I think you can't really give an answer like 'yes' or 'no' to such a question.
    I agree that it was probably the fastest solution to get Japan to surrender, but keep in mind it wasn't the only solution and many, many, many innocent Japanese citizens died and let's not forget all the radiation which lead to millions of deformed babies. Furthermore was the second bomb drop, in my opinion, just for American's ego, I'm fairly sure that if they waited a bit longer after Hiroshima with only a threat of dropping a second nuke, Japan would have probably surrendered too. You can't expect a country to handle so quickly, that they made a decision in 3 days, especially not with the effects and consequences of the first bomb.

  5. #5
    Mother Russia Cavolia's Avatar

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    Re: Atomic bombings in Japan: Were they justified?

    It was the first time atomic bombs were used and the effect of radiation wasn't even known yet. I'm pretty sure that if they knew about the after effects, they would have used alternative bombs.
    I don't think you can blame America for the radiation.

    The bombs were justified, just like everything is in time of war.
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  6. #6
    Liberty Phish DaniŽl's Avatar

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    Re: Atomic bombings in Japan: Were they justified?

    Quote Originally Posted by Cavolia
    It was the first time atomic bombs were used and the effect of radiation wasn't even known yet. I'm pretty sure that if they knew about the after effects, they would have used alternative bombs.
    I don't think you can blame America for the radiation.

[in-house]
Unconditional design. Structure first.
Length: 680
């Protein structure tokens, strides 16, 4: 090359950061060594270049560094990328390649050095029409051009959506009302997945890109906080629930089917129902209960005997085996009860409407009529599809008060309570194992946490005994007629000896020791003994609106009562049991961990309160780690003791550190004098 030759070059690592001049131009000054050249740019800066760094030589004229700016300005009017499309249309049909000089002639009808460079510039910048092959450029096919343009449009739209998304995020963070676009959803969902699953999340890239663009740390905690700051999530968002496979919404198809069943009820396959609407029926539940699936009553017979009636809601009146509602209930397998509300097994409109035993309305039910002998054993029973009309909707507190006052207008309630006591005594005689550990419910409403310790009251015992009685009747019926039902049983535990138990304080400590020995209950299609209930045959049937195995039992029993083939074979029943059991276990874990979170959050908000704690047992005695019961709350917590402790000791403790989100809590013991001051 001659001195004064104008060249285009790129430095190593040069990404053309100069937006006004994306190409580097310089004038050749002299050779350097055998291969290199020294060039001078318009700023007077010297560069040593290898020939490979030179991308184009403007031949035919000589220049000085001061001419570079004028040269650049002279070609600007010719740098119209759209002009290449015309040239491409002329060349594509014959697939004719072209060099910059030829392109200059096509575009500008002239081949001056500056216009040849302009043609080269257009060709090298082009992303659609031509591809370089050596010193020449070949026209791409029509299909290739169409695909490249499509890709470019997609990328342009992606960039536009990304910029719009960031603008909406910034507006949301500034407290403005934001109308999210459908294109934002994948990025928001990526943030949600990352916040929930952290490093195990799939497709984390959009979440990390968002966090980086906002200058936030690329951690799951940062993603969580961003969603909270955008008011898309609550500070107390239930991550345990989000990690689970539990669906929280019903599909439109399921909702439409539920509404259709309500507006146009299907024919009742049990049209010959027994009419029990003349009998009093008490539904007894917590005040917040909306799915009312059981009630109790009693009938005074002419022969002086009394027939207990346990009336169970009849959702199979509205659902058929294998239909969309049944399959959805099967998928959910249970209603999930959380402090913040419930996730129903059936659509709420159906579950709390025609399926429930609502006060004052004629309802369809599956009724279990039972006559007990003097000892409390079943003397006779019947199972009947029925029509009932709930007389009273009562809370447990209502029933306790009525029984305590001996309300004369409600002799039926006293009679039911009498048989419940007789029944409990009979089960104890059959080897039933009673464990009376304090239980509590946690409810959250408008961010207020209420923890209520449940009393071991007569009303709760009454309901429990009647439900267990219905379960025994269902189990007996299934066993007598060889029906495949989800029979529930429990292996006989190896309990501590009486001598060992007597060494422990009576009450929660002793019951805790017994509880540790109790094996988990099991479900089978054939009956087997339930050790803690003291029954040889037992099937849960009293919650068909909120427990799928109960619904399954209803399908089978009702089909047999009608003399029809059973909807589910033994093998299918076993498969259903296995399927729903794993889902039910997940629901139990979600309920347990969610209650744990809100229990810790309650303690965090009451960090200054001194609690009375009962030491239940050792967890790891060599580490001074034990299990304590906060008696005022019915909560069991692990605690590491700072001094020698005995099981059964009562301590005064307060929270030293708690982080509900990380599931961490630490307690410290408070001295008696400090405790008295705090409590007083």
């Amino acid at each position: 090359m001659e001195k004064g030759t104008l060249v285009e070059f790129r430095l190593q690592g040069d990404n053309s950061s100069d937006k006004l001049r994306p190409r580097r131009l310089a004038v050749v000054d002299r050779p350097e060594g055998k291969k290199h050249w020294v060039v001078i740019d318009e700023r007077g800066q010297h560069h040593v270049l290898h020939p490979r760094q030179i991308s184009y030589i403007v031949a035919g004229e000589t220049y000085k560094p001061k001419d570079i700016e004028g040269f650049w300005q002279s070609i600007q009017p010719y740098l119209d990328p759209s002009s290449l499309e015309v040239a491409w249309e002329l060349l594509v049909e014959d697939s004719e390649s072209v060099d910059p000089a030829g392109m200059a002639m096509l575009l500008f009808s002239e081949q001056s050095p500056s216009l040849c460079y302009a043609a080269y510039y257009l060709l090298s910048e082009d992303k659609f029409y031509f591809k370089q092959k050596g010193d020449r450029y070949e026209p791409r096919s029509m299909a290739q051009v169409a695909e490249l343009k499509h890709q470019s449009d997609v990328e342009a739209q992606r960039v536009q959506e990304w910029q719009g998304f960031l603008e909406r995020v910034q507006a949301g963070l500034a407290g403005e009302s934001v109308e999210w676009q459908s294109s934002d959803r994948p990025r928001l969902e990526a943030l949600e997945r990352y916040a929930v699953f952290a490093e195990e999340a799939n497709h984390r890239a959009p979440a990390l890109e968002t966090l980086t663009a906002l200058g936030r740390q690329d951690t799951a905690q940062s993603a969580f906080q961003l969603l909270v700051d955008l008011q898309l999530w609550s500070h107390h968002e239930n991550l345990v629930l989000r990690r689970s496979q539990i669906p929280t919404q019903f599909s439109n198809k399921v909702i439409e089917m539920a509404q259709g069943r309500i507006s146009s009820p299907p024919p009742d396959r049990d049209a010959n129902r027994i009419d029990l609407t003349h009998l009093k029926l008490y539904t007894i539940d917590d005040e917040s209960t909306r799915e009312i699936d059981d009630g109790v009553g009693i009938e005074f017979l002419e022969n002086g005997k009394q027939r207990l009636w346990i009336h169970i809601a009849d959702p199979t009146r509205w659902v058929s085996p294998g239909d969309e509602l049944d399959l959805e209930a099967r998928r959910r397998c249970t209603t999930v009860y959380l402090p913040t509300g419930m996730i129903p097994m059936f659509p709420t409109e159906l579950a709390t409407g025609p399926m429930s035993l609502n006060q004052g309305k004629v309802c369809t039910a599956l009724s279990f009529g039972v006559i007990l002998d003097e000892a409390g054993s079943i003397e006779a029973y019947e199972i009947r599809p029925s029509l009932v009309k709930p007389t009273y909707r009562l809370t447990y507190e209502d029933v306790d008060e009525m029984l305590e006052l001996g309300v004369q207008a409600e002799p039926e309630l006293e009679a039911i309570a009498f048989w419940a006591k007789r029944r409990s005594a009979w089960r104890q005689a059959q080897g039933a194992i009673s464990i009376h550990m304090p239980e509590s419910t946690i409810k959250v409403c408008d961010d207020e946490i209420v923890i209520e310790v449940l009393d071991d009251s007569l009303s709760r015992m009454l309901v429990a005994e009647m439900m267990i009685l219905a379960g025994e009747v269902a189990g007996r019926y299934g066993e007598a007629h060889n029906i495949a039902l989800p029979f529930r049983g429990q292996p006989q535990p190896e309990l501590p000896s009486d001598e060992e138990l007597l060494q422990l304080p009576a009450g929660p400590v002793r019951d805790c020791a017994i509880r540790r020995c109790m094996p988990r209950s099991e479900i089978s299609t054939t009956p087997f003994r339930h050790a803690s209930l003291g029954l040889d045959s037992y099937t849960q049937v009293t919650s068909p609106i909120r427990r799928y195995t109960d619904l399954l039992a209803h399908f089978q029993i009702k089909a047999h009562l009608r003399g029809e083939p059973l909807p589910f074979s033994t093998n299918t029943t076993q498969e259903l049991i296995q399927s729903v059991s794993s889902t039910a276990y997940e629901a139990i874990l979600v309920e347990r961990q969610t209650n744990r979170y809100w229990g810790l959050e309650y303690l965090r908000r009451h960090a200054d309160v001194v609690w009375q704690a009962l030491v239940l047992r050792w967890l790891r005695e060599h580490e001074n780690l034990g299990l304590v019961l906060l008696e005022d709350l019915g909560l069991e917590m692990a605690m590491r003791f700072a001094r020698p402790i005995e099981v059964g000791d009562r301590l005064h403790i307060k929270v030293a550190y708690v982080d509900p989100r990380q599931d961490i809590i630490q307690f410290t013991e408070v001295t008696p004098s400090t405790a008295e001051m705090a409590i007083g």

The bombs were justified, just like everything is in time of war.
    Correction, it was the first tie atomic bombs were used in an attack. At the time, America already made over a hundred nukes and they were frequently tested. It was known by the time that there was radiation as pretty much everyone who was watching an explosion (at the time you could get tickets to watch nukes get tested) got cancer.

  7. #7
    lucien is queen Hazzystan's Avatar

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    Re: Atomic bombings in Japan: Were they justified?

    It scares me that anyone can say with a straight face that the genocide of 250,000 innocent people can be justified, under any circumstances.

    Quote Originally Posted by Pyro Mecha
    it was the best alternative to end it as soon as possible. In short, it avoided any American deaths from a potential invasion which would have lasted over a year and resulted in casualties up to the millions
    I don't see how you could think that civilian deaths can possibly compensate for military deaths. A war is supposed to be between opposing armies; the minute that a government starts using civilian genocide as a tool is the minute that a just fight becomes an act of murder and terror.

    Quote Originally Posted by Pyro Mecha
    It can also be argued it was payback for Japan's sneak attack on Pearl Harbor